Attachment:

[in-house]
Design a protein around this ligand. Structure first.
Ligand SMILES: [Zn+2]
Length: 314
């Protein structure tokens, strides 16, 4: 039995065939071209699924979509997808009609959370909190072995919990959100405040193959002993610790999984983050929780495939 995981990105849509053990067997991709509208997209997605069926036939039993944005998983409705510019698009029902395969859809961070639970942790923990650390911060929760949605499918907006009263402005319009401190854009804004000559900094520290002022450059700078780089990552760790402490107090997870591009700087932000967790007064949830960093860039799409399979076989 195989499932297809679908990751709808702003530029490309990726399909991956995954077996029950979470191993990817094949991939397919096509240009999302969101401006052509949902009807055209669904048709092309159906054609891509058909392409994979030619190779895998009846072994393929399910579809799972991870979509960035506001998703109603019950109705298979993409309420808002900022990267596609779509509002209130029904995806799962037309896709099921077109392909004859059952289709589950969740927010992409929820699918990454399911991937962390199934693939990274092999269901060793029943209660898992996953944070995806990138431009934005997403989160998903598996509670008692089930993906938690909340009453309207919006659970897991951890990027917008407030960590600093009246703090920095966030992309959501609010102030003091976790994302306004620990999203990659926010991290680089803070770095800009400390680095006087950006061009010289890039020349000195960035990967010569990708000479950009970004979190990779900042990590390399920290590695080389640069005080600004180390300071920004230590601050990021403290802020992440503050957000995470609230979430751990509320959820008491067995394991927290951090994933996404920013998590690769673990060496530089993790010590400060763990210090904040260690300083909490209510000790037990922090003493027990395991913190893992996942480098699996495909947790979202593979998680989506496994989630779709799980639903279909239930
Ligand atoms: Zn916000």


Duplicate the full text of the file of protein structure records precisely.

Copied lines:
[in-house]
Design a protein around this ligand. Structure first.
Ligand SMILES: [Zn+2]
Length: 314
């Protein structure tokens, strides 16, 4: 039995065939071209699924979509997808009609959370909190072995919990959100405040193959002993610790999984983050929780495939 995981990105849509053990067997991709509208997209997605069926036939039993944005998983409705510019698009029902395969859809961070639970942790923990650390911060929760949605499918907006009263402005319009401190854009804004000559900094520290002022450059700078780089990552760790402490107090997870591009700087932000967790007064949830960093860039799409399979076989 195989499932297809679908990751709808702003530029490309990726399909991956995954077996029950979470191993990817094949991939397919096509240009999302969101401006052509949902009807055209669904048709092309159906054609891509058909392409994979030619190779895998009846072994393929399910579809799972991870979509960035506001998703109603019950109705298979993409309420808002900022990267596609779509509002209130029904995806799962037309896709099921077109392909004859059952289709589950969740927010992409929820699918990454399911991937962390199934693939990274092999269901060793029943209660898992996953944070995806990138431009934005997403989160998903598996509670008692089930993906938690909340009453309207919006659970897991951890990027917008407030960590600093009246703090920095966030992309959501609010102030003091976790994302306004620990999203990659926010991290680089803070770095800009400390680095006087950006061009010289890039020349000195960035990967010569990708000479950009970004979190990779900042990590390399920290590695080389640069005080600004180390300071920004230590601050990021403290802020992440503050957000995470609230979430751990509320959820008491067995394991927290951090994933996404920013998590690769673990060496530089993790010590400060763990210090904040260690300083909490209510000790037990922090003493027990395991913190893992996942480098699996495909947790979202593979998680989506496994989630779709799980639903279909239930
Ligand atoms: Zn916000």